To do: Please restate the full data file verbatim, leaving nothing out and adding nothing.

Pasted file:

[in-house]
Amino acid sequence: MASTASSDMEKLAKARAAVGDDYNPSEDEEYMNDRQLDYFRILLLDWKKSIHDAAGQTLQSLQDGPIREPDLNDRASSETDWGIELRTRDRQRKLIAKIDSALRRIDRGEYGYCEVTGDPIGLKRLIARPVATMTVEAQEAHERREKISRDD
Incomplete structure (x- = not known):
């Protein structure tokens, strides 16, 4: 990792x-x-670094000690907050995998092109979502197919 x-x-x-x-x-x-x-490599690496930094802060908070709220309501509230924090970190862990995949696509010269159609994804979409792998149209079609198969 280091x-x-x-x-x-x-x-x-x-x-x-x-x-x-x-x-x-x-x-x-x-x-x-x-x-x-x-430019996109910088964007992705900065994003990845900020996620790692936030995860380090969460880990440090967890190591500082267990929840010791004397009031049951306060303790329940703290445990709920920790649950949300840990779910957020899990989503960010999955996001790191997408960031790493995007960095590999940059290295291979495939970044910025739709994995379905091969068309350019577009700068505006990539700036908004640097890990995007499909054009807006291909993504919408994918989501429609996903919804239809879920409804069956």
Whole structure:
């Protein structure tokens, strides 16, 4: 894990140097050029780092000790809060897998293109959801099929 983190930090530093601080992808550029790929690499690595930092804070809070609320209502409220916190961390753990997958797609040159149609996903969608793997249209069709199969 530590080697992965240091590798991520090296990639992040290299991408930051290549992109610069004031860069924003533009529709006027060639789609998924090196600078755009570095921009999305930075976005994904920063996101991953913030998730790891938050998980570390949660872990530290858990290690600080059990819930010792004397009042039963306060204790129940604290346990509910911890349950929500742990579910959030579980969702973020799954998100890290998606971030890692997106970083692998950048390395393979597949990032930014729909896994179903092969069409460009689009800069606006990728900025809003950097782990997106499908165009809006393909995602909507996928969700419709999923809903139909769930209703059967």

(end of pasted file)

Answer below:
[in-house]
Amino acid sequence: MASTASSDMEKLAKARAAVGDDYNPSEDEEYMNDRQLDYFRILLLDWKKSIHDAAGQTLQSLQDGPIREPDLNDRASSETDWGIELRTRDRQRKLIAKIDSALRRIDRGEYGYCEVTGDPIGLKRLIARPVATMTVEAQEAHERREKISRDD
Incomplete structure (x- = not known):
């Protein structure tokens, strides 16, 4: 990792x-x-670094000690907050995998092109979502197919 x-x-x-x-x-x-x-490599690496930094802060908070709220309501509230924090970190862990995949696509010269159609994804979409792998149209079609198969 280091x-x-x-x-x-x-x-x-x-x-x-x-x-x-x-x-x-x-x-x-x-x-x-x-x-x-x-430019996109910088964007992705900065994003990845900020996620790692936030995860380090969460880990440090967890190591500082267990929840010791004397009031049951306060303790329940703290445990709920920790649950949300840990779910957020899990989503960010999955996001790191997408960031790493995007960095590999940059290295291979495939970044910025739709994995379905091969068309350019577009700068505006990539700036908004640097890990995007499909054009807006291909993504919408994918989501429609996903919804239809879920409804069956």
Whole structure:
């Protein structure tokens, strides 16, 4: 894990140097050029780092000790809060897998293109959801099929 983190930090530093601080992808550029790929690499690595930092804070809070609320209502409220916190961390753990997958797609040159149609996903969608793997249209069709199969 530590080697992965240091590798991520090296990639992040290299991408930051290549992109610069004031860069924003533009529709006027060639789609998924090196600078755009570095921009999305930075976005994904920063996101991953913030998730790891938050998980570390949660872990530290858990290690600080059990819930010792004397009042039963306060204790129940604290346990509910911890349950929500742990579910959030579980969702973020799954998100890290998606971030890692997106970083692998950048390395393979597949990032930014729909896994179903092969069409460009689009800069606006990728900025809003950097782990997106499908165009809006393909995602909507996928969700419709999923809903139909769930209703059967």